Historic Huguenot Street will debut “1677 Huguenot Wheat,” a strong wheat ale inspired by the beers of the early 18th century, at a keg tapping and tasting on the DuBois Fort lawn (81 Huguenot Street) on Saturday.
Brewed by The Gilded Otter brewmaster Darren Currier, the ale recipe was researched by beer scholar Craig Gravina, co-author of Upper Hudson Valley Beer and one of the founders of the Albany Ale Project. Continue reading
Historic Huguenot Street in New Paltz is introducing a new “Fourth Saturday” event series. The first event in the series, on Saturday, February 28, with feature a lecture by Dr. A.J. Williams-Myers, Professor of Black Studies at SUNY New Paltz.
Dr. Williams-Myers will be presenting a lecture entitled “There is a River: Social and Economic Contributions of Africans Along the Hudson, From the Dutch Period to the American Revolution.” In honor of Black History Month, this lecture will focus on the influence of enslaved labor on the economic development of the Hudson River colonies, and the societal impact of African participation in both the French & Indian War and the Revolutionary War. Continue reading
Historic Huguenot Street has announced that eleven historians have chosen to be part of its newly formed Scholarly Advisory Board. It’s expected that they will guide the interpretation of the National Historic Landmark District. The board is chaired by Dr. L.H. Roper, Professor of History at SUNY New Paltz.
The eleven historians share a knowledge for American, French, Dutch, Native American, New York, Atlantic, and Huguenot history – all of which are a part of the Historic Huguenot Street’s story. Continue reading
Historic Huguenot Street has announced its first events of the new year: a three-part lecture series with Ulster County Historian Anne Gordon. The lecture series will kick off on Saturday, February 7, at 4 pm.
In honor of Black History Month, this first lecture – entitled “From Isabella to Sojourner: A Slave in Ulster County” – will focus on the life of local abolitionist hero Sojourner Truth, from a childhood in slavery to her bold step into freedom. Continue reading
The Historic Huguenot Street Curatorial Department has developed a new exhibit in honor of the winter holiday season. On display now in the DuBois Fort Visitor Center, “Gifts of the Past” features a selection of historic children’s toys from the Historic Huguenot Street Permanent Collection.
Holiday gift giving has been a tradition for several centuries. Around the world, Christmas traditions are influenced by the legend of a gift giver rewarding children for their good behavior with toys and treats. Items on display include the first model Teddy Bear, a set of alphabet blocks, handmade wooden dominoes, and a bisque handmade doll. Continue reading
Historic Huguenot Street will host The Gathering, a weekend-long celebration of the Huguenots and their descendants on October 10 – 12. The event will bring together over 200 individuals who trace their heritage to the region, including descendants of New Paltz’ original 12 founders.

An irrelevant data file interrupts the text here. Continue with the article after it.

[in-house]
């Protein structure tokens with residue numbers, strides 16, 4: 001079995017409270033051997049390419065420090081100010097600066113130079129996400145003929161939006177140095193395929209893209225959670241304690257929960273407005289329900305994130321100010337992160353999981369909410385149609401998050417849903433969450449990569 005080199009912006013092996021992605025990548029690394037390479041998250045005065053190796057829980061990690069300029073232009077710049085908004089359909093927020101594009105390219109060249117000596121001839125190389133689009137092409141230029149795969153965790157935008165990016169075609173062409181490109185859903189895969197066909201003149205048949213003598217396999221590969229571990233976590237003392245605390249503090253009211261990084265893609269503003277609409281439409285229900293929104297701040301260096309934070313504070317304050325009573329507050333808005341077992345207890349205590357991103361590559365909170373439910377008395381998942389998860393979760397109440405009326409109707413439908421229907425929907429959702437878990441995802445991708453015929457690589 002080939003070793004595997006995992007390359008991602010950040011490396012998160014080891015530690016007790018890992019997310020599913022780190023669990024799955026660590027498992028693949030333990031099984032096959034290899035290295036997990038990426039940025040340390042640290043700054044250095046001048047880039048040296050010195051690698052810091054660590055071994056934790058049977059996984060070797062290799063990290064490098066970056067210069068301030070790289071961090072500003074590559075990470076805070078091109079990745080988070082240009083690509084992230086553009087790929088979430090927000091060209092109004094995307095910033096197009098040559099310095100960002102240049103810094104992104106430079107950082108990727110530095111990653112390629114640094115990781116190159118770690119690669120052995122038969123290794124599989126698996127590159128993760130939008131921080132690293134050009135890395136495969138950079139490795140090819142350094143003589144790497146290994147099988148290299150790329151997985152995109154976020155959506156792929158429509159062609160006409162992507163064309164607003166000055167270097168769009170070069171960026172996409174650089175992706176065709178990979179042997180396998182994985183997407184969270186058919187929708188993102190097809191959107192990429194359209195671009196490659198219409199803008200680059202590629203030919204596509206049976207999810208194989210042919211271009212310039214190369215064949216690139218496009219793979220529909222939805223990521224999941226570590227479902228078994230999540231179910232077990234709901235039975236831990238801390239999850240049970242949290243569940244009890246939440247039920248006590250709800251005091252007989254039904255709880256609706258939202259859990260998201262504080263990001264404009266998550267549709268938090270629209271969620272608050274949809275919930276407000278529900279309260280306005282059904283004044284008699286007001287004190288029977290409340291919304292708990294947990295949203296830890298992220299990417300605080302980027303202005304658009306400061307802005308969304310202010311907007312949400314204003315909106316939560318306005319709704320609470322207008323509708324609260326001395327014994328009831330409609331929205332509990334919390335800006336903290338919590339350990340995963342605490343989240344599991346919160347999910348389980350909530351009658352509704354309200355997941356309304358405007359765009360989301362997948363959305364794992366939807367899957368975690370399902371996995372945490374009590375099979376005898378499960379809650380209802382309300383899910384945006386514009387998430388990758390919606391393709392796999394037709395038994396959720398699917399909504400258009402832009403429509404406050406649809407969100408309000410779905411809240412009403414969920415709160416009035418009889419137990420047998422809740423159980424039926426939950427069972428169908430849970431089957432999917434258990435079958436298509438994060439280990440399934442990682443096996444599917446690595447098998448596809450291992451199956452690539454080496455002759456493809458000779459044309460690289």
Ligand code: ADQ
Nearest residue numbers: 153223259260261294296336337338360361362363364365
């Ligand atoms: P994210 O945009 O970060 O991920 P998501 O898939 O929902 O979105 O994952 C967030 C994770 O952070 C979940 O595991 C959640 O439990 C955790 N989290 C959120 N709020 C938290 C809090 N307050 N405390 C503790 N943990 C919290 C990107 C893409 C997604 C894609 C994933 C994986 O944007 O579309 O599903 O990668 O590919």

This is the first Gathering since the inaugural event in 2010. Vignettes depicting important moments of Huguenot Street’s continued history, special programs and performances, and children’s programming will continue throughout the weekend and are open to the public. Continue reading
Historic Huguenot Street in New Paltz has appointed Dr. Taylor Stoermer, formerly of Colonial Williamsburg and Brown University, as Director of Strategy, Development, and Interpretation. According to a recent press release: “He is responsible for managing an ambitious strategic planning process over the next nine months to establish a new, sustainable foundation for Huguenot Street that strengthens its ties with the past, with modern guests, and with the broader regional community.”
Dr. Stoermer will also oversee historic interpretation, programming, marketing, fundraising, public communication, and political affairs. Rebecca Mackey remains at Huguenot Street in her recently announced role as Director of Operations, responsible for all administrative, site improvement and restoration, financial, and day-to-day operations of the site. Continue reading
I’ve been researching the Hasbrouck Family for close to twenty years. During that time, I’ve spent most of my time exploring and writing about Colonel Jonathan Hasbrouck. His home, located in Newburgh, is famous for being the headquarters of General George Washington from 1782-1783 and today it’s a state historic site.
An often overlooked member of this family is Jonathan’s oldest brother, Abraham. During his long life, Abraham kept a diary and because of this journal, we know a lot about Jonathan and his family, as well as the events (and even notable weather) of his time. Continue reading
One of the problems in researching the life of Colonel Jonathan Hasbrouck is that there are so few primary sources written by him left to us. We are fortunate that at least one of the treasures that give us a peek into his life, one of his account ledgers, has been preserved. It is a rich source for a researcher of not only Hasbrouck, but of others from his time period as well. Continue reading
Many years ago, I was fortunate enough to meet the late historian Kenneth E. Hasbrouck, Sr., who at that time was the Executive Director of Historic Huguenot Street located in New Paltz, New York. I requested a meeting with him to inquire about a house that my aunt owned at that time. Continue reading